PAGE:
# Chapter 3 Introduction to ordinary differential equations

Differential equations are very important in science and engineering. In this course, we focus on a specific class of differential equations called ordinary differential equations (ODEs). Ordinary refers to dealing with functions of one independent variable. We initially focus on scaler functions of the form $$f: \mathbb{R} \rightarrow \mathbb{R}$$. Later in the course, we discuss systems of ODEs and consider vector functions of the form $$f: \mathbb{R} \rightarrow \mathbb{R}^n$$. We assume $$f(x)$$ is differentiable upto order $$k$$. An ODE is an equation for the function $$f(x)$$ that involves the function, its derivatives and the independent variable. A general form for an ODE of order $$k$$ is $G(x, f(x), \frac{df}{dx}, ..., \frac{d^kf}{dx^k}) = 0,$ where the highest derivative present in the equation $$G$$ is of the order $$k$$. The degree of the ODE is the power of highest derivative (when fractional powers have been removed). The ODE is called linear if G is a linear function of $$f(x)$$ and its derivatives. This form for the ODE is the so called implicit form. In an explicit form for an ODE, the highest order derivative is given as function of the lower derivatives: $\frac{d^kf}{dx^k} = F(x, f(x), \frac{df}{dx}, ..., \frac{d^{k-1}f}{dx^{k-1}}) = 0.$

Example 3.1 Consider the following ODE for the function $$f(x)$$: $\frac{d^2f}{dx^2} = 5 \left[ 1 + \left( \frac{df}{dx}\right) ^2\right] ^\frac{1}{3}$

This is a nonlinear explicit ODE of degree 3 and order 2.

Solving an ODE is the task of finding $$f(x)$$ such that the ODE is satisfied over the domain of $$x$$ (e.g. $$\mathbb{R}$$).

ODEs appear naturally in many areas of sciences and humanities. In the following we provide some examples.

Example 3.2 (Second Newton Law)

Mechanics: A very short introduction

Kinematics is a branch of mechanics that describes the motion of points (objects) without considering the forces that cause them to move. In one dimension $$x(t)$$ denotes the position of a particle at time $$t$$. Then $$\frac{dx}{dt} = \dot{x} = v$$ is defined as the velocity of the particle and $$\frac{d^2x}{dt^2} = \ddot{x} = a$$ is defined as acceleration. This can be generalised to higher dimensions using vectors of location, velocity and acceleration.

Dynamics is the branch of mechanics concerned with the study of forces and their effects on motion. Isaac Newton came up with the fundamental physical laws, which govern dynamics in physics:

-First law an object not acted upon by any force either remains at rest or continues to move at a constant velocity

-Second law the vector sum of the forces $$F$$ on an object is equal to the mass $$m$$ of that object multiplied by its acceleration $$a$$: $$F = ma$$ $m \frac{d^2x}{dt^2} = F(t, x, \frac{dx}{dt})$ This is a second order ODE for the position of the object $$x(t)$$.

-Third law when one body exerts a force on a second body, the second body exerts a force equal in magnitude and opposite in direction on the first body.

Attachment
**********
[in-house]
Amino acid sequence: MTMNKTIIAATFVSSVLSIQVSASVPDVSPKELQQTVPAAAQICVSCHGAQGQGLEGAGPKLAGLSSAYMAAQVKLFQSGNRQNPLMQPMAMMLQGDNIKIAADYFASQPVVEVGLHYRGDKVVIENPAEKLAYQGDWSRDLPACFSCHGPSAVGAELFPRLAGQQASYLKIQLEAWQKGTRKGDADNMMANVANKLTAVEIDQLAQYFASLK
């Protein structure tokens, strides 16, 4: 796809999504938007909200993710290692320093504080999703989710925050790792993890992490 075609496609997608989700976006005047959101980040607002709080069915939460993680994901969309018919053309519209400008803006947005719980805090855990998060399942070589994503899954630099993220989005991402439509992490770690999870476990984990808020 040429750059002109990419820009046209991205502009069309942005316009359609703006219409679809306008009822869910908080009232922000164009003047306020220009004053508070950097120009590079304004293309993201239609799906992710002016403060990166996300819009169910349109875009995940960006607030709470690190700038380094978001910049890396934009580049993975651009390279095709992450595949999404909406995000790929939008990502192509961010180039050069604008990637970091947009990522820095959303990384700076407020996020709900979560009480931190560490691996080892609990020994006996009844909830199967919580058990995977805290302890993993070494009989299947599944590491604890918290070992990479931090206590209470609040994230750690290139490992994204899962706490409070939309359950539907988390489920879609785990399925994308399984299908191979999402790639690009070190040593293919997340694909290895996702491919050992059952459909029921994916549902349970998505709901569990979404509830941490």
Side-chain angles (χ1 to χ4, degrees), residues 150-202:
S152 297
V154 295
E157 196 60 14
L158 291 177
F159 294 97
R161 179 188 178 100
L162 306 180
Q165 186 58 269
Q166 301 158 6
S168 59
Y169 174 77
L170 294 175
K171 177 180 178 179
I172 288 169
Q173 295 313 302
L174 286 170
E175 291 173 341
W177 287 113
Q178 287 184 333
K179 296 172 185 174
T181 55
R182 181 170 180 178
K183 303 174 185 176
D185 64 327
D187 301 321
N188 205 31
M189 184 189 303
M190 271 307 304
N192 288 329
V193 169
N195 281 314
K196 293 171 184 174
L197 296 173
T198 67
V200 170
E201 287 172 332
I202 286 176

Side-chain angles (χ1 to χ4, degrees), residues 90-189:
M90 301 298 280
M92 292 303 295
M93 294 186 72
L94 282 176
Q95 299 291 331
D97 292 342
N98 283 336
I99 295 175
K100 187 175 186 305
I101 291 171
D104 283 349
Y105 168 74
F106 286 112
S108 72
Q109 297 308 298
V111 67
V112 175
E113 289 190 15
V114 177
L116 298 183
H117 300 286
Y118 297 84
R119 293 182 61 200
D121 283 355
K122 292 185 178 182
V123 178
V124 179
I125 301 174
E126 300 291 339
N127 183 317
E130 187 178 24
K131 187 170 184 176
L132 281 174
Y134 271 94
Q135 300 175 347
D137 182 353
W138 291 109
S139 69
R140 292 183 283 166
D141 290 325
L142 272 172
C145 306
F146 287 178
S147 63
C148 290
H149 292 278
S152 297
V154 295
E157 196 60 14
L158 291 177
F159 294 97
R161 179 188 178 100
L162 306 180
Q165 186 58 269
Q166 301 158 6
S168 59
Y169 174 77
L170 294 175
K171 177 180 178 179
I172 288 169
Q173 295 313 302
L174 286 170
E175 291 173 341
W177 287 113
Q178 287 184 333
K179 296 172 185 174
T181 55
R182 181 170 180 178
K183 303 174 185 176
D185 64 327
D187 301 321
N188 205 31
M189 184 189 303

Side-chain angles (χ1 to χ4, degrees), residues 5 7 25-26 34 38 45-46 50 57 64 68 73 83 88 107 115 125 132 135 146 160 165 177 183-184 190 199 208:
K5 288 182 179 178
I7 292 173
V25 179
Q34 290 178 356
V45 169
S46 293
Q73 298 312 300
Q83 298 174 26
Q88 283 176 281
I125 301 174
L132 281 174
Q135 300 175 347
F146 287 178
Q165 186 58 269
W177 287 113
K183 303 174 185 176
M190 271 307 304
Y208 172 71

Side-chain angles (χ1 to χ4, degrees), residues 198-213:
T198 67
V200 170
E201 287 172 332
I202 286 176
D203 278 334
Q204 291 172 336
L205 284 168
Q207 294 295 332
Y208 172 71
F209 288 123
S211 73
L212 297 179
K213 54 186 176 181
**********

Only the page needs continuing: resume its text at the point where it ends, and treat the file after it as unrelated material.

Mechanics used to be thaught until recently in our first year Mathematics course as it provides many links to different areas of mathemaitcs. If you have any doubts, look at this video, for a very cool counting problem for colliding particles and its very unexpected solution and link to mathematics.

Example 3.3 (Population dynamics: Malthus (1798))
Consider $$P(t)$$ denotes the population of certain species at time $$t$$. Malthus proposed the following simple ODE: $\frac{dP}{dt} = kP,$ with $$k>0$$, this ODE results in an exponential increase in the population in time.
Example 3.4 (Population dynamics: Logistic Growth (Verhulst, 1845))
Verhgulst proposed a modification to Malthus law, creating a carrying capacity $$C$$ for the population: $\frac{dP}{dt} = kP\left(1- \frac{P}{C}\right).$

In geometry, given radius of curvature $$R(x, y)$$, we can find equation for the curve $$y(x)$$ using the following ODE that definition for the radius of curvature. $R(x, y) = \frac{\left(1 + (\frac{dy}{dx})^2\right)^{3/2}}{\frac{d^2y}{dx^2}}.$

## 3.1 Particular and General Solutions

$$f_{PI}(x)$$ is called a Particular Integral or Particular Solution of an ODE such that $G(x, f(x), \frac{df}{dx}, ..., \frac{d^kf}{dx^k}) = 0,$ is satisfied over the domain $$x \in \mathbb{R}$$.

$$f_{GS}$$ is called a General Solution of an ODE of the order $$k$$, if $f_{GS} = f_{GS}(x; c_1, c_2, \cdots, c_k)$ is a general family of solutions that fulfil the ODE. The parameters $$\{c_i\}^k_{i=1}$$ are the constants of integration and are usually fixed by initial or boundary conditions. In this course we, concern ourselves with methods that allow us to obtain such solutions. Rigourous mathematical results on existance and uniqueness of such solutions are discussed in the second year.

Example 3.6 (from kinematics) Object moving with constant speed $$v$$: $\frac{dx}{dt} = v.$

One particular solution is $$x_{PI} = vt$$ and another one is $$x_{PI} = vt + 1$$. The general solution is $$x_{GS} = vt + c_1$$, where $$c_1$$ is the constant of integration.

If we are also told that $$x(t=0)=x_0$$, we have $$x(t) = vt + x_0$$, which is the solution to the initial value problem.